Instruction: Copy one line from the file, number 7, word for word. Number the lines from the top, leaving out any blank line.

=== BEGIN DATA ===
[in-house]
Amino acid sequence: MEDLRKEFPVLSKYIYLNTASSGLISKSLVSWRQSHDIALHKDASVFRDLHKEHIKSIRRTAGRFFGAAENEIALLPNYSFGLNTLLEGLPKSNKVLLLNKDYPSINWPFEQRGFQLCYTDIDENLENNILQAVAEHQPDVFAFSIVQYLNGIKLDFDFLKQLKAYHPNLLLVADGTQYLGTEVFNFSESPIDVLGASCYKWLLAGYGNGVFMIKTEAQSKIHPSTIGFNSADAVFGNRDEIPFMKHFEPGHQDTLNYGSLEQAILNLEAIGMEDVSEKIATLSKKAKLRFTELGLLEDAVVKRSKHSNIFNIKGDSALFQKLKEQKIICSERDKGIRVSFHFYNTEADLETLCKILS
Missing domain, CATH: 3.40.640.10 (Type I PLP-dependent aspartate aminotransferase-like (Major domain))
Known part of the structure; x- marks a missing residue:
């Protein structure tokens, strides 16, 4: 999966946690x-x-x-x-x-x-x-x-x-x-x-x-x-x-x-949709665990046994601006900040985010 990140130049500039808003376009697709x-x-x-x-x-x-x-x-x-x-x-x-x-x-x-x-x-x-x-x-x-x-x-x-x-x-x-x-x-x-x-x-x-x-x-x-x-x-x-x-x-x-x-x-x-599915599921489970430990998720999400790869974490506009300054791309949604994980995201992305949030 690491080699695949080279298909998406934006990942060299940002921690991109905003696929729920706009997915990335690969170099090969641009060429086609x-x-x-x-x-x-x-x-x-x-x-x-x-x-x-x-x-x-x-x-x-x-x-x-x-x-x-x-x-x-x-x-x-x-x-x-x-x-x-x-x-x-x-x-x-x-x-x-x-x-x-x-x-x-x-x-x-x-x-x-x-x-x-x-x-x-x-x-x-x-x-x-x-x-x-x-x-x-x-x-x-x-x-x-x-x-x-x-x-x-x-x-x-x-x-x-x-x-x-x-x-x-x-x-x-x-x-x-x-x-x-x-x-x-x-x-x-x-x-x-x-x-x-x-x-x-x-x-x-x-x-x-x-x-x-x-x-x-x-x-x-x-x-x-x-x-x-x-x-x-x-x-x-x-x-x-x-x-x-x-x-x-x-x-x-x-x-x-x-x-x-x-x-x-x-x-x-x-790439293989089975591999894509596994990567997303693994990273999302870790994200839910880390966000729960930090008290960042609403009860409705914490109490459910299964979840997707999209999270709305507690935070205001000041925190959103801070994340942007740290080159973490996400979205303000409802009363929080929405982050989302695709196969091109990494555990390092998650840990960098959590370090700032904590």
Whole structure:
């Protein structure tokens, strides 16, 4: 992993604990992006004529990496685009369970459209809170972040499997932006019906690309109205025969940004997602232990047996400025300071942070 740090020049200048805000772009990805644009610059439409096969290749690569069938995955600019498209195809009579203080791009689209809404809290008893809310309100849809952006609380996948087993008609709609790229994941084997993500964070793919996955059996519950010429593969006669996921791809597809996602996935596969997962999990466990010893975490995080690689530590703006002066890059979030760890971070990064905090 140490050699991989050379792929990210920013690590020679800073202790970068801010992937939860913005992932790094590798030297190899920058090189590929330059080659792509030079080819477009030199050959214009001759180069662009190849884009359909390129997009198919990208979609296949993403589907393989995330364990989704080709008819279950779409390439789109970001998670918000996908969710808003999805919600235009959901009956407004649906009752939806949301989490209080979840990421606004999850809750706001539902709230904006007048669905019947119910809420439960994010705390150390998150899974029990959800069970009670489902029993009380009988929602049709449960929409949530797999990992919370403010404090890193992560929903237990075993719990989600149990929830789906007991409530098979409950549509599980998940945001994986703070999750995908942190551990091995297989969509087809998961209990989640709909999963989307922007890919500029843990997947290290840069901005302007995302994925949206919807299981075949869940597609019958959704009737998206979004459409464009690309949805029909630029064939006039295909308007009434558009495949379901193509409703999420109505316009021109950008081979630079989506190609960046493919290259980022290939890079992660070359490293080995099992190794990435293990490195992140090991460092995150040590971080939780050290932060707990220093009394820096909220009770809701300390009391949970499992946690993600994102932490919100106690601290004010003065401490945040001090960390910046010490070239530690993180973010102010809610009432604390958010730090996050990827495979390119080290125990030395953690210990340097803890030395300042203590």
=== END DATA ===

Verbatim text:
């Protein structure tokens, strides 16, 4: 992993604990992006004529990496685009369970459209809170972040499997932006019906690309109205025969940004997602232990047996400025300071942070 740090020049200048805000772009990805644009610059439409096969290749690569069938995955600019498209195809009579203080791009689209809404809290008893809310309100849809952006609380996948087993008609709609790229994941084997993500964070793919996955059996519950010429593969006669996921791809597809996602996935596969997962999990466990010893975490995080690689530590703006002066890059979030760890971070990064905090 140490050699991989050379792929990210920013690590020679800073202790970068801010992937939860913005992932790094590798030297190899920058090189590929330059080659792509030079080819477009030199050959214009001759180069662009190849884009359909390129997009198919990208979609296949993403589907393989995330364990989704080709008819279950779409390439789109970001998670918000996908969710808003999805919600235009959901009956407004649906009752939806949301989490209080979840990421606004999850809750706001539902709230904006007048669905019947119910809420439960994010705390150390998150899974029990959800069970009670489902029993009380009988929602049709449960929409949530797999990992919370403010404090890193992560929903237990075993719990989600149990929830789906007991409530098979409950549509599980998940945001994986703070999750995908942190551990091995297989969509087809998961209990989640709909999963989307922007890919500029843990997947290290840069901005302007995302994925949206919807299981075949869940597609019958959704009737998206979004459409464009690309949805029909630029064939006039295909308007009434558009495949379901193509409703999420109505316009021109950008081979630079989506190609960046493919290259980022290939890079992660070359490293080995099992190794990435293990490195992140090991460092995150040590971080939780050290932060707990220093009394820096909220009770809701300390009391949970499992946690993600994102932490919100106690601290004010003065401490945040001090960390910046010490070239530690993180973010102010809610009432604390958010730090996050990827495979390119080290125990030395953690210990340097803890030395300042203590």